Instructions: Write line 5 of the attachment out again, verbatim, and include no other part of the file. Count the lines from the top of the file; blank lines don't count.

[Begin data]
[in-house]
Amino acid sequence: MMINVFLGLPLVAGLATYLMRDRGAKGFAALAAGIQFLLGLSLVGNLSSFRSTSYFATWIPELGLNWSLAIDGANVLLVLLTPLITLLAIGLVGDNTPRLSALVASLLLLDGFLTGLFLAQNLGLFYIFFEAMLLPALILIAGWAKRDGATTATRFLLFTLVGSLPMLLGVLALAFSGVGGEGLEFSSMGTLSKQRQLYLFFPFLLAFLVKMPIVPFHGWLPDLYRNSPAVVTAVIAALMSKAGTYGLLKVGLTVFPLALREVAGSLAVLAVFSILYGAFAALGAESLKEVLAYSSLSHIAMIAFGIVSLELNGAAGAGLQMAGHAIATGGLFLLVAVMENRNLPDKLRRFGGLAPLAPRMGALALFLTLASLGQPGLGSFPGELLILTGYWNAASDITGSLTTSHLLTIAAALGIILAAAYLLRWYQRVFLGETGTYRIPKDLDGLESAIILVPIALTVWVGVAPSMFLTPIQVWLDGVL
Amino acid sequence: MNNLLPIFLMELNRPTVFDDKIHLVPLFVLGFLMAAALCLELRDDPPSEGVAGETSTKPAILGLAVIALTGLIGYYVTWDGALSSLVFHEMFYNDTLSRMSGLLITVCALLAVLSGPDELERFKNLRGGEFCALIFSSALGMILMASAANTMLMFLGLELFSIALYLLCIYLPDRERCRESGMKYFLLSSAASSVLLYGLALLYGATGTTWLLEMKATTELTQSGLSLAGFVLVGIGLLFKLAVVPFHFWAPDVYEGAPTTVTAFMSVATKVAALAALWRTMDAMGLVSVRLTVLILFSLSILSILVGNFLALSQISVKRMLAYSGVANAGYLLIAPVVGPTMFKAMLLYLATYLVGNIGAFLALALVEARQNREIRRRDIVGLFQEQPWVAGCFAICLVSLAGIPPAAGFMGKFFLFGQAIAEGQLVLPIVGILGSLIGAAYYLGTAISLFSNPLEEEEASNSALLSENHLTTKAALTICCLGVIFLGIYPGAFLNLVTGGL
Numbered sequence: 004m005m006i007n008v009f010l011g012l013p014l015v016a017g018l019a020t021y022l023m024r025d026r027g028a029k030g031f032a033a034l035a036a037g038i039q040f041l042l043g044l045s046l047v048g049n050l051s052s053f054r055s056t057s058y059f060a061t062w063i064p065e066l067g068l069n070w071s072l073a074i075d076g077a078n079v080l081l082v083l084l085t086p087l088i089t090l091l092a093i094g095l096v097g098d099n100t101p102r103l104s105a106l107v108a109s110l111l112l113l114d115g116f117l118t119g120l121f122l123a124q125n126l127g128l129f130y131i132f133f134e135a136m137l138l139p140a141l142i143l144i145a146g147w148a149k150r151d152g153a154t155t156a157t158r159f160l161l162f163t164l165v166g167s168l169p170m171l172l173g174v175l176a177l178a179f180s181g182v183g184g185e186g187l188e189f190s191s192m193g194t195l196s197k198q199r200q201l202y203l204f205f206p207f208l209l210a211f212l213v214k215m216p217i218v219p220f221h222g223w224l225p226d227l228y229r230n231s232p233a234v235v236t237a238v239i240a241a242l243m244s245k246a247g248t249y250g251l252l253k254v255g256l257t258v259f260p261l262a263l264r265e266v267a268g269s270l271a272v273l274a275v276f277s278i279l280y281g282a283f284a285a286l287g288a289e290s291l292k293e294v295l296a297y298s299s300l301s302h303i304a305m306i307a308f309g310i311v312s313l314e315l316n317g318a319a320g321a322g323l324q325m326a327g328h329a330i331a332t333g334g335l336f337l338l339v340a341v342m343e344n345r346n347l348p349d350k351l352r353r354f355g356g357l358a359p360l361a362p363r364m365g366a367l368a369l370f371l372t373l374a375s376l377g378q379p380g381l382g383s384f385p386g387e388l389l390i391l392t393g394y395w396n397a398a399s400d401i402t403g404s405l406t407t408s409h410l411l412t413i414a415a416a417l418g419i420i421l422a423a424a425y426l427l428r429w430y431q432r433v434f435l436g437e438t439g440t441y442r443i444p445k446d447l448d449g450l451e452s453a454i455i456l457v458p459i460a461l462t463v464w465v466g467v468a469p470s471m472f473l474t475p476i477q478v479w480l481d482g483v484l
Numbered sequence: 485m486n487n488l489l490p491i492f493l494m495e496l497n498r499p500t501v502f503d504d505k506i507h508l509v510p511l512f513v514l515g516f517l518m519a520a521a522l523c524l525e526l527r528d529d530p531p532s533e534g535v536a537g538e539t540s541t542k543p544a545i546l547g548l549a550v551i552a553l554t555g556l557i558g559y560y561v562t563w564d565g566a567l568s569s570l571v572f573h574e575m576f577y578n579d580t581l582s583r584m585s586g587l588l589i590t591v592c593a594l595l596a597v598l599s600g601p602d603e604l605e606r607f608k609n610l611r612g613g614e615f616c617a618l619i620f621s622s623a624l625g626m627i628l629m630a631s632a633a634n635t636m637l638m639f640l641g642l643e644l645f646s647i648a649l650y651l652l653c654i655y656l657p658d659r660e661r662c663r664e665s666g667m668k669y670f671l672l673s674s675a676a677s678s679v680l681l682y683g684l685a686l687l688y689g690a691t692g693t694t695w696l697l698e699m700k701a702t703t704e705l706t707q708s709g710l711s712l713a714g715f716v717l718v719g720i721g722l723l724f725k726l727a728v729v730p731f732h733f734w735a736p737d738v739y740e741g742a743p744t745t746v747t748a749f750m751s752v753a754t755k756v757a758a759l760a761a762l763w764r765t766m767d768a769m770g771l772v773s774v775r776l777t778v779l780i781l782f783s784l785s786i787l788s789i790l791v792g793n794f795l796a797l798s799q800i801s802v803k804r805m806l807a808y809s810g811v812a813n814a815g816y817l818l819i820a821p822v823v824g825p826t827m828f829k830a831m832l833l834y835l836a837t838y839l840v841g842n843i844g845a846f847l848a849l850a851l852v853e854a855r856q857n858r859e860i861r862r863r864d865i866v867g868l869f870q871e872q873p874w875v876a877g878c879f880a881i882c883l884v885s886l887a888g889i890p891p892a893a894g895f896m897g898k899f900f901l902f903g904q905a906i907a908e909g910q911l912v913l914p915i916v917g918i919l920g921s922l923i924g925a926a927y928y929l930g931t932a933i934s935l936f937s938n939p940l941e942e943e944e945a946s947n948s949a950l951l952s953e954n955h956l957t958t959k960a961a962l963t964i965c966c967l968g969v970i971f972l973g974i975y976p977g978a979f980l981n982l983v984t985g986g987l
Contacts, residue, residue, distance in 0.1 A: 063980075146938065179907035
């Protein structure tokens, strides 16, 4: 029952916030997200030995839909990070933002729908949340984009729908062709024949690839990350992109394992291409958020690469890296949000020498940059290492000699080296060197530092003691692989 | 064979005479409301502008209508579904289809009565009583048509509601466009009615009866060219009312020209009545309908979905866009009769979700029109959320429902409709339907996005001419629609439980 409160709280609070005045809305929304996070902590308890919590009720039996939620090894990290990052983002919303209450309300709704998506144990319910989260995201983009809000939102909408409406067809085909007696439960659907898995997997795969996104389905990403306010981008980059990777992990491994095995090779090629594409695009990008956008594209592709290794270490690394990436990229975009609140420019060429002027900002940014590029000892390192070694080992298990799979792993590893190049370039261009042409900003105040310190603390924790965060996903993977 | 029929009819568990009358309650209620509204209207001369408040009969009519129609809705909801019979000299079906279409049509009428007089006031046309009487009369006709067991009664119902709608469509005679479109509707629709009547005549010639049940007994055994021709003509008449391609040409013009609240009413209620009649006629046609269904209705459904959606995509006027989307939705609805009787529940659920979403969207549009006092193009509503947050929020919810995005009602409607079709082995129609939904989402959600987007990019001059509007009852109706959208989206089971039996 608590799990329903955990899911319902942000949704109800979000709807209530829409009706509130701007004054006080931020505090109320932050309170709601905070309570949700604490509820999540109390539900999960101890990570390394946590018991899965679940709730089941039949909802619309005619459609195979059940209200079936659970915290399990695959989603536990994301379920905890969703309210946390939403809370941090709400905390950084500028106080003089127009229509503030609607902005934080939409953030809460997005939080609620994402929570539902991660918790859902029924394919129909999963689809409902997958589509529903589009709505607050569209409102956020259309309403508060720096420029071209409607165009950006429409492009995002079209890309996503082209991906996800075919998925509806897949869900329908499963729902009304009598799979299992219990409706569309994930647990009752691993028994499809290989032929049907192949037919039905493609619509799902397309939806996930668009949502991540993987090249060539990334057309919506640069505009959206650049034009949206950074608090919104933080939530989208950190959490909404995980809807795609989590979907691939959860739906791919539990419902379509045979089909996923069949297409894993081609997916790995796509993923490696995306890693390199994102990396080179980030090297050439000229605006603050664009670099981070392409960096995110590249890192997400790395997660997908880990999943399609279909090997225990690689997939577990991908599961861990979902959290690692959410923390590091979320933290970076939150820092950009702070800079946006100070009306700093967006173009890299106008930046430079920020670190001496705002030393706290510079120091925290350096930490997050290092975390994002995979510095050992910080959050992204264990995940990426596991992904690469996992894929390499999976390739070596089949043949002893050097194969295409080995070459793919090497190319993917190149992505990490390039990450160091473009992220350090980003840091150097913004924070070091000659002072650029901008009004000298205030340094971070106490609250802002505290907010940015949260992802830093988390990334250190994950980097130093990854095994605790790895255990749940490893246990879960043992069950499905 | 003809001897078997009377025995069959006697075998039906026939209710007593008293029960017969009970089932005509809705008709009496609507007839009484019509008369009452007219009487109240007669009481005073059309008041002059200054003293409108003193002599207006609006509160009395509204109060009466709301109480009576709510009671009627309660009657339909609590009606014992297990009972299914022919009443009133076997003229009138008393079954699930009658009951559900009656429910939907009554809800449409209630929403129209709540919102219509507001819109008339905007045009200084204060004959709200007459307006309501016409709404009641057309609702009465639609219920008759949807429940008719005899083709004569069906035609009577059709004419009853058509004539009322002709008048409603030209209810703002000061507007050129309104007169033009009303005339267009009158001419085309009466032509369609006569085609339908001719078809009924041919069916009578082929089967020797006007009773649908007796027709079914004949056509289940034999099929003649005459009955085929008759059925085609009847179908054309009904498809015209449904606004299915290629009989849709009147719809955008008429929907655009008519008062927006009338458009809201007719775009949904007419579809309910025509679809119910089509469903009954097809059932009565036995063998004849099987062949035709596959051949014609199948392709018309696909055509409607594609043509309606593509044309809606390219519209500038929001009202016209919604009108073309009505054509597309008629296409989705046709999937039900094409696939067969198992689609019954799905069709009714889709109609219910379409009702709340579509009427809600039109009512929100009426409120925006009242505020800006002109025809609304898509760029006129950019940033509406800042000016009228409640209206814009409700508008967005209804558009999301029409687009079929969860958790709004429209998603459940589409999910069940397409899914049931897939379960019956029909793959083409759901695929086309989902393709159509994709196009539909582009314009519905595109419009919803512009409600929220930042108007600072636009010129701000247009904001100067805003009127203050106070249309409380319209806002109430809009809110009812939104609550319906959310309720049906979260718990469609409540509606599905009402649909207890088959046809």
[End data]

Numbered sequence: 485m486n487n488l489l490p491i492f493l494m495e496l497n498r499p500t501v502f503d504d505k506i507h508l509v510p511l512f513v514l515g516f517l518m519a520a521a522l523c524l525e526l527r528d529d530p531p532s533e534g535v536a537g538e539t540s541t542k543p544a545i546l547g548l549a550v551i552a553l554t555g556l557i558g559y560y561v562t563w564d565g566a567l568s569s570l571v572f573h574e575m576f577y578n579d580t581l582s583r584m585s586g587l588l589i590t591v592c593a594l595l596a597v598l599s600g601p602d603e604l605e606r607f608k609n610l611r612g613g614e615f616c617a618l619i620f621s622s623a624l625g626m627i628l629m630a631s632a633a634n635t636m637l638m639f640l641g642l643e644l645f646s647i648a649l650y651l652l653c654i655y656l657p658d659r660e661r662c663r664e665s666g667m668k669y670f671l672l673s674s675a676a677s678s679v680l681l682y683g684l685a686l687l688y689g690a691t692g693t694t695w696l697l698e699m700k701a702t703t704e705l706t707q708s709g710l711s712l713a714g715f716v717l718v719g720i721g722l723l724f725k726l727a728v729v730p731f732h733f734w735a736p737d738v739y740e741g742a743p744t745t746v747t748a749f750m751s752v753a754t755k756v757a758a759l760a761a762l763w764r765t766m767d768a769m770g771l772v773s774v775r776l777t778v779l780i781l782f783s784l785s786i787l788s789i790l791v792g793n794f795l796a797l798s799q800i801s802v803k804r805m806l807a808y809s810g811v812a813n814a815g816y817l818l819i820a821p822v823v824g825p826t827m828f829k830a831m832l833l834y835l836a837t838y839l840v841g842n843i844g845a846f847l848a849l850a851l852v853e854a855r856q857n858r859e860i861r862r863r864d865i866v867g868l869f870q871e872q873p874w875v876a877g878c879f880a881i882c883l884v885s886l887a888g889i890p891p892a893a894g895f896m897g898k899f900f901l902f903g904q905a906i907a908e909g910q911l912v913l914p915i916v917g918i919l920g921s922l923i924g925a926a927y928y929l930g931t932a933i934s935l936f937s938n939p940l941e942e943e944e945a946s947n948s949a950l951l952s953e954n955h956l957t958t959k960a961a962l963t964i965c966c967l968g969v970i971f972l973g974i975y976p977g978a979f980l981n982l983v984t985g986g987l